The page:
- Harry Leslie Smith writes about the problems with a U.K. budget and economic plan designed to avoid any moral compass:
Nothing better illustrates to me that Osborne is sailing us back to the harsh and socially unsustainable cruelty of the 1930s than his removal of substantial benefits from over 200k disabled citizens to pay for middle class tax relief. We cannot grow or sustain our middle class by starving our poorest members of society.- Meanwhile, Jeremy van Loon reports that the oil sector is still sitting on massive piles of unused cash - even as it demands handouts to clean up its messes. And Matt McClure points out Alberta's pile of unpaid corporate taxes which the NDP government is working on bringing into the province's public coffers.
When he strips our most vulnerable of living a dignified existence through cuts to their benefits it doesn't make our economy stronger, it makes Britain a weaker nation because we have repudiated our greatest national asset: our belief in fair play.
No matter how much Osborne crows about saving the next generation from the vicissitudes of financial uncertainty, it won't happen through tax cuts or increasing the amount one can stash in an ISA, because the real threat to Britain's next generation is low wages and an economy that has become skewered to reward only our most affluent citizens.
Britain can't save its next generation if it doesn't invest in infrastructure all across this country.
Britain can't save its next generation unless it builds affordable homes on a a scale not seen since the days of Attlee and Harold Macmillian in the 1960s.
Britain can't save it's next generation if it doesn't introduce a real living wage instead of topping up the minimum wage.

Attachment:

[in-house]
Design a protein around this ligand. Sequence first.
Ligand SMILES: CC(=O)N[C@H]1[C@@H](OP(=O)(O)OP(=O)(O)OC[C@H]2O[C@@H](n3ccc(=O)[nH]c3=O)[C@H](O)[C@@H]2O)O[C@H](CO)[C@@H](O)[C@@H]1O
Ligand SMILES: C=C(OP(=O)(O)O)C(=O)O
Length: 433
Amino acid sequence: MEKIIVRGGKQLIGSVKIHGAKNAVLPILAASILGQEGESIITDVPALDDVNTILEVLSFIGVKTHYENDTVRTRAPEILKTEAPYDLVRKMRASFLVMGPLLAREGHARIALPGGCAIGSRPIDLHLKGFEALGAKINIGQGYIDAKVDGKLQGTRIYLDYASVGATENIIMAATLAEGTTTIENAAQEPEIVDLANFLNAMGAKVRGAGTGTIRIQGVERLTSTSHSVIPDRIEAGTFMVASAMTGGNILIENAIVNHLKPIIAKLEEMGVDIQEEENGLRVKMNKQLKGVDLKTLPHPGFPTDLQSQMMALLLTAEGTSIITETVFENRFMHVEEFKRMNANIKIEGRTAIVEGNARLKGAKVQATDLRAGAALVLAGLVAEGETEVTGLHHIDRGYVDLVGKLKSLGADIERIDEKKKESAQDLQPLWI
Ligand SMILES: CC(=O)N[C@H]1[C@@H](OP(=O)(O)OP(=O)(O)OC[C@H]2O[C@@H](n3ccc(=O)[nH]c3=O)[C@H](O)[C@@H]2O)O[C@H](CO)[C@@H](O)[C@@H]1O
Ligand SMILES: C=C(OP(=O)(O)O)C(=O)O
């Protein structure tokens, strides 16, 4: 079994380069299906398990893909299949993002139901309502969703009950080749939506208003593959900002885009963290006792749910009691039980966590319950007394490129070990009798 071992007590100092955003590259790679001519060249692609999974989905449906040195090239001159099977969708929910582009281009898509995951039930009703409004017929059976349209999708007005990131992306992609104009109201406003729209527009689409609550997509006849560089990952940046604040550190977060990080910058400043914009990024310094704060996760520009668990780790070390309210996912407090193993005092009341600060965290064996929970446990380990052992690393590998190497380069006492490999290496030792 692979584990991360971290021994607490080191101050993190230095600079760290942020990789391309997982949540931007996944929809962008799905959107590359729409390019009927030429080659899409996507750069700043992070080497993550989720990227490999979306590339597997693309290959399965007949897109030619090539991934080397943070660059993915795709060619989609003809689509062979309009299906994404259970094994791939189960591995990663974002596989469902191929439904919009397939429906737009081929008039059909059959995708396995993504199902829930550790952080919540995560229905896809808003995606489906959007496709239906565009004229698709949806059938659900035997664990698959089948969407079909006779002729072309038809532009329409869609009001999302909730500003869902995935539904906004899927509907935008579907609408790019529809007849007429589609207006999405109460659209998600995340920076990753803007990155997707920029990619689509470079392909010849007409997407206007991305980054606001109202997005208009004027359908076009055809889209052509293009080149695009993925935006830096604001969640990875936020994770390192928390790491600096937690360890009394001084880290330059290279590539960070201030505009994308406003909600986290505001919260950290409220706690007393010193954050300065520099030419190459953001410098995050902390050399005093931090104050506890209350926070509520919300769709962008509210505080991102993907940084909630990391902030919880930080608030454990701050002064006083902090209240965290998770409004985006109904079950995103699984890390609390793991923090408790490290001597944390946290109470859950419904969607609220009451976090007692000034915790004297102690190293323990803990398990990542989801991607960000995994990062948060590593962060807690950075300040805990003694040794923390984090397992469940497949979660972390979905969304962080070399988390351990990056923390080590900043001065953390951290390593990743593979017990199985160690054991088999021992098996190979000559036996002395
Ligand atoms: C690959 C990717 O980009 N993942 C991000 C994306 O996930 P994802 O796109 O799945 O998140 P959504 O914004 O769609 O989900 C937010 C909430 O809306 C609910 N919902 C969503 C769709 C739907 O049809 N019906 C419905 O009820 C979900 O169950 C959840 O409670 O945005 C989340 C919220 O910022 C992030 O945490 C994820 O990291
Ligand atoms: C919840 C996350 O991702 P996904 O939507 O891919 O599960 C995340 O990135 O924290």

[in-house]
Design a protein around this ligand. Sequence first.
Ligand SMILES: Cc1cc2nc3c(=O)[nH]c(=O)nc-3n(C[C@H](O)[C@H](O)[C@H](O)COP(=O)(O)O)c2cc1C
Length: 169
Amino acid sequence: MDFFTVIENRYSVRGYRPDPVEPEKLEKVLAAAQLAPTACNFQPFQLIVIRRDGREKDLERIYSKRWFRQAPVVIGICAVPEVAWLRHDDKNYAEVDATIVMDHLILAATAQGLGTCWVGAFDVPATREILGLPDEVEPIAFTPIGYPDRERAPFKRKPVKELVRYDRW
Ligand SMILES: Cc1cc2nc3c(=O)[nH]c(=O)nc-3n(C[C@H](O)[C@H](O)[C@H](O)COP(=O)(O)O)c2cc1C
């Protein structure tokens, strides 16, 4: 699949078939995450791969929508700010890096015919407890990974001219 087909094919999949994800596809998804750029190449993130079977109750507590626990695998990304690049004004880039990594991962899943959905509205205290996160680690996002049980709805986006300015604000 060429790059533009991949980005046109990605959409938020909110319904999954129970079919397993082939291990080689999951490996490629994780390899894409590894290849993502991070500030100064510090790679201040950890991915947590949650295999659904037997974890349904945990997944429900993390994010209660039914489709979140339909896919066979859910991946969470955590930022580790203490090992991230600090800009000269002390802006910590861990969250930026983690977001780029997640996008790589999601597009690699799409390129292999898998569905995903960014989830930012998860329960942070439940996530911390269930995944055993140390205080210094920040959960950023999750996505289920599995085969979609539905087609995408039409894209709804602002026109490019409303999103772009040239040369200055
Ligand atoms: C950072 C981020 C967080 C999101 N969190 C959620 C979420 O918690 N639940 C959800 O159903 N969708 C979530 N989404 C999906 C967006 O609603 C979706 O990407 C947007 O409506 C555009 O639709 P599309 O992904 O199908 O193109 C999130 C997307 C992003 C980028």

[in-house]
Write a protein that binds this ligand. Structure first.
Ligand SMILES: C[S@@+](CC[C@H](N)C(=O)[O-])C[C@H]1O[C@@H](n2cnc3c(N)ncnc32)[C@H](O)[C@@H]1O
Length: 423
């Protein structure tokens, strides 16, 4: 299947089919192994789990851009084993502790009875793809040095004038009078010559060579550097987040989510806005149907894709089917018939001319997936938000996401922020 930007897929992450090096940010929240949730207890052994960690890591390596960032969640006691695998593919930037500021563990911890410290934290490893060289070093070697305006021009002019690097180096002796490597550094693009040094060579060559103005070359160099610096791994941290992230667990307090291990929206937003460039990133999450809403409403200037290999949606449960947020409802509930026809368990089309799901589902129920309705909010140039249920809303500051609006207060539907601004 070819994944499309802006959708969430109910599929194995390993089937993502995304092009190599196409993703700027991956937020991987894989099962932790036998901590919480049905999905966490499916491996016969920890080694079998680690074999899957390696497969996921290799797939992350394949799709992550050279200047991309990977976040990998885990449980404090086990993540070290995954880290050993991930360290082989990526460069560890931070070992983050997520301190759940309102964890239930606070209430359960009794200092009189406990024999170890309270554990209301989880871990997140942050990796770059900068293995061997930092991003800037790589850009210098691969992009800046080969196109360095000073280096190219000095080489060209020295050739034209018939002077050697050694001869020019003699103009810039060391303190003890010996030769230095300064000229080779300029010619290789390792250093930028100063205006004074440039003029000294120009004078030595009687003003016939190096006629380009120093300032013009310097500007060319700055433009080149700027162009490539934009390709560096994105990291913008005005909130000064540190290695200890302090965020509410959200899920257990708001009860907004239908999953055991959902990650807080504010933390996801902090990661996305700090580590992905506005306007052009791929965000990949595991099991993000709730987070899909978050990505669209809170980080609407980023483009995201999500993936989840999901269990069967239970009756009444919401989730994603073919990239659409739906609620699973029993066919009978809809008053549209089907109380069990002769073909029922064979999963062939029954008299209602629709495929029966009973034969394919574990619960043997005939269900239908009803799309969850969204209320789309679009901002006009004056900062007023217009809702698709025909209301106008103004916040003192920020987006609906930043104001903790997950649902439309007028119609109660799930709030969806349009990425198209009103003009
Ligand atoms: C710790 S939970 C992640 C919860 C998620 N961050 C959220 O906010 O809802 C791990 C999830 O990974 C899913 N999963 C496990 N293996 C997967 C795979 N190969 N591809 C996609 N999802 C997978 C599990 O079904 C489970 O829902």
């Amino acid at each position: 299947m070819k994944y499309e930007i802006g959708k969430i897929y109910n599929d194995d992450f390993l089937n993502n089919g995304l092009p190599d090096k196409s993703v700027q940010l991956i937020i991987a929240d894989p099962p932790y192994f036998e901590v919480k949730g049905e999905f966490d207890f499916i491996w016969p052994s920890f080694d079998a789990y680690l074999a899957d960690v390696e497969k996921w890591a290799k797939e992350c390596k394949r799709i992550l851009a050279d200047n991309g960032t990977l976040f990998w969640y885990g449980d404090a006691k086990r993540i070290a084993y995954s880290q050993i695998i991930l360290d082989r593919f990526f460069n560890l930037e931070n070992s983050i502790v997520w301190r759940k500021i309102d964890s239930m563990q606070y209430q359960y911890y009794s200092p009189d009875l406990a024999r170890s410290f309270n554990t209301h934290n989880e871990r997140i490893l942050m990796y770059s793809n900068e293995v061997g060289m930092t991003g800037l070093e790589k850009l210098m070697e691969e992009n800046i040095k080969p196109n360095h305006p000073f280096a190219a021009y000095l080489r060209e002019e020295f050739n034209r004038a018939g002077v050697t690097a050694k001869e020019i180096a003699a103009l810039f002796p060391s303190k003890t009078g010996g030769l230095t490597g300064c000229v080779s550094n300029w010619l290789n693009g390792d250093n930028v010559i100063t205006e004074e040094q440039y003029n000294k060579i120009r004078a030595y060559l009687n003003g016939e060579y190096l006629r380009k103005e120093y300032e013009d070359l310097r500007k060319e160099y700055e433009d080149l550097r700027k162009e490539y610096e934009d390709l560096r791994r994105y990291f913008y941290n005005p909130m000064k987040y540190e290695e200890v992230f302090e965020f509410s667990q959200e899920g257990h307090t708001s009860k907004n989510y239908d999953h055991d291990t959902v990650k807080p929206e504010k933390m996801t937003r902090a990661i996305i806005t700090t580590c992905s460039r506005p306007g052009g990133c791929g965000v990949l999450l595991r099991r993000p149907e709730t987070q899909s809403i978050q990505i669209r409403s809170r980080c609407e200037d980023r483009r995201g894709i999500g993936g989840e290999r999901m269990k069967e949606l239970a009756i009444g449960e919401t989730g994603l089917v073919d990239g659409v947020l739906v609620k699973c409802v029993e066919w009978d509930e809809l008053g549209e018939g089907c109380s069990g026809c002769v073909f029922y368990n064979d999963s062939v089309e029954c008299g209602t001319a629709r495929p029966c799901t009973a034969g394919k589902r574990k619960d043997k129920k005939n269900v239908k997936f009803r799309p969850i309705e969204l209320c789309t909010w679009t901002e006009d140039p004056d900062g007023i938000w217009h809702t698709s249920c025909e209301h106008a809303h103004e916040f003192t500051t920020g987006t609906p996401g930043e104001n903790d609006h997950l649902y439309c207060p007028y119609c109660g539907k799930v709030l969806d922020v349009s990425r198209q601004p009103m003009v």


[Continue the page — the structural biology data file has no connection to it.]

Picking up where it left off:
And Britain most certainly can't save the next generation unless it reduces the cost of education and produces a viable action plan to put our young in gainful employment rather than stocking shelves on zero-hour contracts.
Sadly my fear is that George Osborne has condemned the next generation to the horrors my generation thought we had put to an end. We supported a Britain that believed in fair taxation, fair wages, fair benefits and the rights to all citizens – whether they be rich, poor or in-between – to a life that had both comfort and purpose.
- Anne Jarvis highlights the recent controversy over French's ketchup as a prime example of the importance of fighting for local jobs rather than allowing corporations to dictate the terms of economic development.
- And Ann Hui reports on the dangers to public health from a lack of CFIA food inspectors.
- Finally, the Canadian Centre for Policy Alternatives is taking a much-needed look at the Trans-Pacific Partnership, including Jacqueline Wilson's analysis of its false environmental promises and Alexandre Maltais' review of its impact on cultural policy. But Jeremy Nuttall notes that the Libs are going out of their way to avoid allowing the public any real input into the deal.